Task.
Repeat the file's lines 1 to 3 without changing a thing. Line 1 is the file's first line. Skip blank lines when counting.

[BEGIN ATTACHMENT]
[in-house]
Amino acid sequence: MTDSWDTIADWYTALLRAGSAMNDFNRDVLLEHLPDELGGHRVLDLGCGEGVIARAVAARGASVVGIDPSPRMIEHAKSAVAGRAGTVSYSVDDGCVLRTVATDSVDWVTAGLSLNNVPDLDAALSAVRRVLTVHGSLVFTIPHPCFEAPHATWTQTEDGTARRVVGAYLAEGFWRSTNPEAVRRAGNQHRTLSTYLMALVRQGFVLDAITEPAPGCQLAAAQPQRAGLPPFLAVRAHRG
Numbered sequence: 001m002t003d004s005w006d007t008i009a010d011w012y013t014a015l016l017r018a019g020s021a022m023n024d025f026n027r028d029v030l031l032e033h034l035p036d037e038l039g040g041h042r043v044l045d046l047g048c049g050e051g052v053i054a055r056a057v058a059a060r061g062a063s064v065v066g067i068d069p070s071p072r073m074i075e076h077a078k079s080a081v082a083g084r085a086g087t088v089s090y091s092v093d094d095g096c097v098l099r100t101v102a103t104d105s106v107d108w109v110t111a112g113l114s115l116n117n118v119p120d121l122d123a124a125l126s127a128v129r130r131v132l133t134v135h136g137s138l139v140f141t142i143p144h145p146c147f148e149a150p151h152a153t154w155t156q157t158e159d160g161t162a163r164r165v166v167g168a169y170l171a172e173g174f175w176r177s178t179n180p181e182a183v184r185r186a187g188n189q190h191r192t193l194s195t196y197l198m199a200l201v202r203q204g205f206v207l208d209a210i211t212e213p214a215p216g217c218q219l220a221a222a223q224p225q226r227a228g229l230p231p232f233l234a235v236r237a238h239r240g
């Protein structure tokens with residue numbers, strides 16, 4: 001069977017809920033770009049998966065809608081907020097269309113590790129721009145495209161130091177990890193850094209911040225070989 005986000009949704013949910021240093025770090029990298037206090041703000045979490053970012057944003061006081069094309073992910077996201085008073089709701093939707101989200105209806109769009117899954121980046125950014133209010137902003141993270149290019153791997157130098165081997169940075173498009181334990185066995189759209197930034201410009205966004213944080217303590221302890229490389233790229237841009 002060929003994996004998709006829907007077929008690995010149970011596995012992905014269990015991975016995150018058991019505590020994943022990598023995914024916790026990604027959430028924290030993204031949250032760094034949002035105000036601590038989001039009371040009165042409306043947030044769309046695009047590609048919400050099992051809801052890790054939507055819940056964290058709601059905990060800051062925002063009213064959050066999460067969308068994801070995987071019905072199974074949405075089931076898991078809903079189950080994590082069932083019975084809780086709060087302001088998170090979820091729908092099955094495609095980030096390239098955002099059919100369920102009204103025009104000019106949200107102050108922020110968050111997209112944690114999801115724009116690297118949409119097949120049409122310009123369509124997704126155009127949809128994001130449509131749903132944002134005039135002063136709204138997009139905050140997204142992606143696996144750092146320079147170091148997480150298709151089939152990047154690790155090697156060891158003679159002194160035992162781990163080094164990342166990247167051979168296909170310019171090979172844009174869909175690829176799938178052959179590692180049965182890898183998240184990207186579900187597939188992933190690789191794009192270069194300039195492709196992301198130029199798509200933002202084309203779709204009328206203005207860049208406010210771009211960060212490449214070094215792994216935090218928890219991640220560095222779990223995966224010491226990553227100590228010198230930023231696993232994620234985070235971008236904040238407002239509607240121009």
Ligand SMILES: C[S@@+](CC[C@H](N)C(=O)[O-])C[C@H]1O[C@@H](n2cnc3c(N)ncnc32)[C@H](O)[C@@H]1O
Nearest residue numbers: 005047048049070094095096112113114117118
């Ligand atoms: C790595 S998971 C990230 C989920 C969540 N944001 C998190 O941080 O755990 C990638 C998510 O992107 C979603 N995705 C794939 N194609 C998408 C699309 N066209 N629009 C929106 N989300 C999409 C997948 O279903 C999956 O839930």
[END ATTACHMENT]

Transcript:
[in-house]
Amino acid sequence: MTDSWDTIADWYTALLRAGSAMNDFNRDVLLEHLPDELGGHRVLDLGCGEGVIARAVAARGASVVGIDPSPRMIEHAKSAVAGRAGTVSYSVDDGCVLRTVATDSVDWVTAGLSLNNVPDLDAALSAVRRVLTVHGSLVFTIPHPCFEAPHATWTQTEDGTARRVVGAYLAEGFWRSTNPEAVRRAGNQHRTLSTYLMALVRQGFVLDAITEPAPGCQLAAAQPQRAGLPPFLAVRAHRG
Numbered sequence: 001m002t003d004s005w006d007t008i009a010d011w012y013t014a015l016l017r018a019g020s021a022m023n024d025f026n027r028d029v030l031l032e033h034l035p036d037e038l039g040g041h042r043v044l045d046l047g048c049g050e051g052v053i054a055r056a057v058a059a060r061g062a063s064v065v066g067i068d069p070s071p072r073m074i075e076h077a078k079s080a081v082a083g084r085a086g087t088v089s090y091s092v093d094d095g096c097v098l099r100t101v102a103t104d105s106v107d108w109v110t111a112g113l114s115l116n117n118v119p120d121l122d123a124a125l126s127a128v129r130r131v132l133t134v135h136g137s138l139v140f141t142i143p144h145p146c147f148e149a150p151h152a153t154w155t156q157t158e159d160g161t162a163r164r165v166v167g168a169y170l171a172e173g174f175w176r177s178t179n180p181e182a183v184r185r186a187g188n189q190h191r192t193l194s195t196y197l198m199a200l201v202r203q204g205f206v207l208d209a210i211t212e213p214a215p216g217c218q219l220a221a222a223q224p225q226r227a228g229l230p231p232f233l234a235v236r237a238h239r240g